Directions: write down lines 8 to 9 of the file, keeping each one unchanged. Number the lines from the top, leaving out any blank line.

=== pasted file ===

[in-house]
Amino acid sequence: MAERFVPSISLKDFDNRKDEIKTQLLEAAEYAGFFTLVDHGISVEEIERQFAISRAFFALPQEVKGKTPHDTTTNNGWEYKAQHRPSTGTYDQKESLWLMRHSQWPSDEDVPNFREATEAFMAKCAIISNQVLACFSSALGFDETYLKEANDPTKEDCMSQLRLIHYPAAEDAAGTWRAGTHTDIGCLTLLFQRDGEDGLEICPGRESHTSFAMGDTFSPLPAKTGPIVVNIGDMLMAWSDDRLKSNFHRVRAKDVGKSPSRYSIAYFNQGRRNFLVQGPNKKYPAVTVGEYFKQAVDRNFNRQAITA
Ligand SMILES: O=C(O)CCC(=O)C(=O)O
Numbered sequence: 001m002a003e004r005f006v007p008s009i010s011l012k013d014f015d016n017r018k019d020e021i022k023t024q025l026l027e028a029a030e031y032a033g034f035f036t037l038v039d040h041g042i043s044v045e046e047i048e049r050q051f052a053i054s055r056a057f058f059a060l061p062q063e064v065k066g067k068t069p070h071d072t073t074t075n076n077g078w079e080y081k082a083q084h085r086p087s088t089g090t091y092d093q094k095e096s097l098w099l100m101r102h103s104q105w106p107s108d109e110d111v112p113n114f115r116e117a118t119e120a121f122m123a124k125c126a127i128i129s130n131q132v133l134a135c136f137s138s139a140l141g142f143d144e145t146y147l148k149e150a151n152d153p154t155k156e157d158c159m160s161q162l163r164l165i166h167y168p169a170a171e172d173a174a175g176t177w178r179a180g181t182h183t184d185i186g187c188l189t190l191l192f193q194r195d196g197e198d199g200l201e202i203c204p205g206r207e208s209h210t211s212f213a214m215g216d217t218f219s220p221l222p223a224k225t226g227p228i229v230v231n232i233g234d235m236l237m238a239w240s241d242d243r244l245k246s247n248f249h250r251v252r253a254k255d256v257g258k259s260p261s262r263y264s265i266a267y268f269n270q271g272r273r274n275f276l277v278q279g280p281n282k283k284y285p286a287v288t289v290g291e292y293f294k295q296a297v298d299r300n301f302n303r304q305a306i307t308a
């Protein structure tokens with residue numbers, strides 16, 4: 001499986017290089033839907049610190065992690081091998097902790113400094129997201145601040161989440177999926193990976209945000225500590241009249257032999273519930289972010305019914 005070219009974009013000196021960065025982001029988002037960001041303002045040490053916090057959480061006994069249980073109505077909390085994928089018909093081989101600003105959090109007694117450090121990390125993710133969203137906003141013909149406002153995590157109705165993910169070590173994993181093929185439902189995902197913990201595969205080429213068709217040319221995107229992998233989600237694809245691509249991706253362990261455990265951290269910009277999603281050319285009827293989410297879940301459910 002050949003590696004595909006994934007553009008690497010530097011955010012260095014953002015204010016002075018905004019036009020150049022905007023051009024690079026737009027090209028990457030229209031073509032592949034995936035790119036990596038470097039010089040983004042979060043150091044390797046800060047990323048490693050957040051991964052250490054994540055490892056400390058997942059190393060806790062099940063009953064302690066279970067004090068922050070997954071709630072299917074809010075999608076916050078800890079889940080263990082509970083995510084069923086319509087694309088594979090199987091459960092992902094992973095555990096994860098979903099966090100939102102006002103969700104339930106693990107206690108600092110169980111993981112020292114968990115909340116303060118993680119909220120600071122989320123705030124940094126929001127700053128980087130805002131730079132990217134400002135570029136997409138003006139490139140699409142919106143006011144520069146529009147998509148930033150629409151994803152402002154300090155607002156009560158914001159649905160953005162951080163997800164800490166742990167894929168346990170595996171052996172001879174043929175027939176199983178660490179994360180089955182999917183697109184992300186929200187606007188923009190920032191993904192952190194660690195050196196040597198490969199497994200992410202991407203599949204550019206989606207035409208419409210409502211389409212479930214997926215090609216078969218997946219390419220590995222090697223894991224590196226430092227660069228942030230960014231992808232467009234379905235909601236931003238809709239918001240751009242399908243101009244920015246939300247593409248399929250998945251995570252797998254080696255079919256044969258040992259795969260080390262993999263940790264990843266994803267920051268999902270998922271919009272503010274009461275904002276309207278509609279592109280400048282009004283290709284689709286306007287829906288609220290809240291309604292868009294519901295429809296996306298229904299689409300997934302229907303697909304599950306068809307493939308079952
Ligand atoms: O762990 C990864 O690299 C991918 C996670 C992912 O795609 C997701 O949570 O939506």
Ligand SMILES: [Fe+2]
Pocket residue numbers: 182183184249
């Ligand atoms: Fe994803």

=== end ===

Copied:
Pocket residue numbers: 182183184249
């Ligand atoms: Fe994803």